Chalet school: It's another country

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Indy Lifestyle Online
In a second-hand shop devoted to children's books, I recently came across a battered, ex-school-library edition, its pages thickened with the touch of countless small fingers, encrusted with God knows what. It had no dust-jacket, yet it cost pounds 33; a 1965 first edition of Adrienne and the Chalet School. In the same shop, a young woman wistfully fingered a copy of The Highland Twins at the Chalet School (1942), its jacket crisply cellophaned, then blushed and nearly dropped it when she saw the price: pounds 45.

The proprietor murmured: "Oh yes, very rare" unapologetically failing to make a sale. The Chalet School books are fun to read when you're a kid, but this puzzling, silly, repetitious, unintentionally funny, pious, charming and peculiar series is even better when you're an adult, which is why prices of Elinor M Brent-Dyer hardbacks are going through the roof.

I first came across the series at the age of 11 in the school library, which had an almost complete set of the 50-plus titles, running from 1925 to 1970. The book I picked at random, the Chalet School Reunion (today's price around pounds 65) was not a smart choice for a beginner.

I was perplexed by a story purporting to be about an international boarding school in Switzerland, but in which most of the characters were adults and nothing much happened beyond reminiscence, with whole passages beginning: "Do you remember when Lonny, Evvy and Corney ..." I cast it aside, but tried an earlier book, and was soon gripped by a world of eccentric names and curious customs, of Mitagessen in the Speisesaal, of Kaffe und Kuchen, of strange games and country dances, of cosmopolitans, cream cakes and TB scares.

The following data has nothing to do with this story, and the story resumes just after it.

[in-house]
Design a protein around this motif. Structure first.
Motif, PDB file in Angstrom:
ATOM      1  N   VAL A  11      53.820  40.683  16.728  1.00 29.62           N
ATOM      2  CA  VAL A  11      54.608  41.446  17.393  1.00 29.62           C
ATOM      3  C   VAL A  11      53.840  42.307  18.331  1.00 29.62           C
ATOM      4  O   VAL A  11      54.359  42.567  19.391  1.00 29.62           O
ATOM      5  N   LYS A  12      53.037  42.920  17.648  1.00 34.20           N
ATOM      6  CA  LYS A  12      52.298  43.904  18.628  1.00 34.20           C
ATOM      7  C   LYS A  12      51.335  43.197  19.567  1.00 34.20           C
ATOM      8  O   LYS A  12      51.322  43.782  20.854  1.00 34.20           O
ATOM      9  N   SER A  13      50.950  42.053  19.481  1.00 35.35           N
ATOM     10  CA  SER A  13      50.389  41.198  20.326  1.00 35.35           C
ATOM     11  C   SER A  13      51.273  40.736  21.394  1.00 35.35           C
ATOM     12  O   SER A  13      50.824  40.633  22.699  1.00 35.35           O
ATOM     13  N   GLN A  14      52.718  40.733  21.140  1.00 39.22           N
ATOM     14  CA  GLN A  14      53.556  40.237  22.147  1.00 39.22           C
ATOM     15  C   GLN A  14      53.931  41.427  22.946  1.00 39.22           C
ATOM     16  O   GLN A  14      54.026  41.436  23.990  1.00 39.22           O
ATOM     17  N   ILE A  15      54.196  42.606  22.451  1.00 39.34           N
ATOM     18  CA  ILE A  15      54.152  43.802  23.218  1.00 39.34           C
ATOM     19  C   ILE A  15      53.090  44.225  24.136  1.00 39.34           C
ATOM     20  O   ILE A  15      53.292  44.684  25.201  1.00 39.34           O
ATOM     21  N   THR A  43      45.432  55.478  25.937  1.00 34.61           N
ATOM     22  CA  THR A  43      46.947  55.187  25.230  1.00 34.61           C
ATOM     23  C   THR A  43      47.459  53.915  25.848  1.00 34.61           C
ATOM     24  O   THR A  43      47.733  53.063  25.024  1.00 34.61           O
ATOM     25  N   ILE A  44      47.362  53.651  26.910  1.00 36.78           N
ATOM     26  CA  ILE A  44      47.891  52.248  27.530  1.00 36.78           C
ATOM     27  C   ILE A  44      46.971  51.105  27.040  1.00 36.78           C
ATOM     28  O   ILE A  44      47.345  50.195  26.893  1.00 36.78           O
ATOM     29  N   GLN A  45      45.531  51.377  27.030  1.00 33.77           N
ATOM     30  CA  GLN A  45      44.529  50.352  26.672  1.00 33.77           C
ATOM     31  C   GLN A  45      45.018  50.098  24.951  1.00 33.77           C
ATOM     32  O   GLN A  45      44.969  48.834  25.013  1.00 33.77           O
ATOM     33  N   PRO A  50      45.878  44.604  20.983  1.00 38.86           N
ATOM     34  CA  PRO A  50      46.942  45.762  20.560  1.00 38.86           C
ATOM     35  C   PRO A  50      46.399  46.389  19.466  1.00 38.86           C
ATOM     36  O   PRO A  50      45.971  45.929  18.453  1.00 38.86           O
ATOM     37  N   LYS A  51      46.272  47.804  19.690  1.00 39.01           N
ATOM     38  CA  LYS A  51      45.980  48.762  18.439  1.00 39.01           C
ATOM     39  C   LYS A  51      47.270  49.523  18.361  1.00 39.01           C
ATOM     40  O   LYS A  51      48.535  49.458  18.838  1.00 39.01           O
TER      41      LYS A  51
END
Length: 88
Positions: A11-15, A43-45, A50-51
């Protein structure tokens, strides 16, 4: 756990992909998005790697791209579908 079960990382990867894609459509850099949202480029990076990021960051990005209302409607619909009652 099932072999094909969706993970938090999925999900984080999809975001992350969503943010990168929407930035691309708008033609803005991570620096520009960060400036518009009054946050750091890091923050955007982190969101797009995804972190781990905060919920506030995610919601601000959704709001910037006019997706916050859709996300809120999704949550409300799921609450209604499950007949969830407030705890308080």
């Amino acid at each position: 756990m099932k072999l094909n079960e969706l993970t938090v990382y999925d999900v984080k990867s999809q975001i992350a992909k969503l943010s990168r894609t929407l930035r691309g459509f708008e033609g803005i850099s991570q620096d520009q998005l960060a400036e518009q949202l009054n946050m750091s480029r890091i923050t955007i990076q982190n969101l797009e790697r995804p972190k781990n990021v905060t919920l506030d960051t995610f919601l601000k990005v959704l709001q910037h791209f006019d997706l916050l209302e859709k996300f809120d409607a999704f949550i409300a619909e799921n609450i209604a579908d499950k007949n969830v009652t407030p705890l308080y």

Brent-Dyer's mythographic skills give the stories their addictive power. The school's legends are told over and over again, and it's to the portentous, over-determined quality that the series owes its heavy-handed charm. The innocent, PC-free tone is refreshing, if startling: the teachers all smoke furiously, and Daisy Venables, an otherwise admirable girl, announces she will "work like a nigger" to get into the Royal College of Needlework.

But there's an almost fascistic insistence on obedience in children, and some of the moral strictures are near unfathomable now. When Jo, the series heroine, teases that a pre-occupied friend must be too busy thinking of her forthcoming marriage to concentrate, she is reprimanded as though she'd made a particularly filthy joke.

Brent-Dyer is bearable today if you employ a keen modern counter-reading at moments like this. It is difficult to share her enthusiasm for certain girls. Jo is always delightful, but her infantile, cloying step-sister The Robin is a rebarbative creation. "Me, I will sing Ze Red Sarasan!" she burbles, and you can only sympathise with the nasty new girl who knocks her over. So delightful does Brent-Dyer consider The Robin that she finds it next to impossible to make her grow up.

The problem of Jo's development, meanwhile, is resolved with scant regard for probability, or even gynaecology. She goes to live next door to the school with her doctor husband, and her single character-note after that is one of unnatural fecundity. She has triplets, twins and singletons, all of every possible hair and eye colour; the final count is 11, and she ends the series threatening to have quads. Even in the 1970s, Brent- Dyer couldn't express Jo's charisma in any other terms than motherhood.

A much more interesting case study is Grizel Cochrane, Jo's bete noire and a veteran Old Chaletian who nearly spans the series. There is something up with Grizel and it isn't PMT; she's a bitch all the time. A wild child, she nearly kills herself in the first book trying to climb a forbidden Austrian peak, then grows up to become an embittered music teacher, tongue- lashing the Chaletians and setting Len, one of Jo's triplet daughters, on fire with a mis-aimed cigarette. She flees to New Zealand to run a shop with a girlfriend, which I was happy to decode as a lesbian relationship (Brent-Dyer never married) until I found the book where Grizel meets a nice man on a cruise, gets engaged, and attains a measure of peace by saving Len from falling off a precipice.

Every term brings its near-tragic incident. Death in a raging torrent, at the hands of an assassin or a lunatic (another near-miss for The Robin), by falling into a frozen lake, or getting lost in a blizzard, is a constant danger. But Brent-Dyer also dealt honourably and unflinchingly with real horror when the war came. It is some reality check when Onkel Florian, father to two old Chaletians and a key figure in the early years, disappears into a concentration camp and is returned to his wife as a heap of ashes. There's power in the old books yet.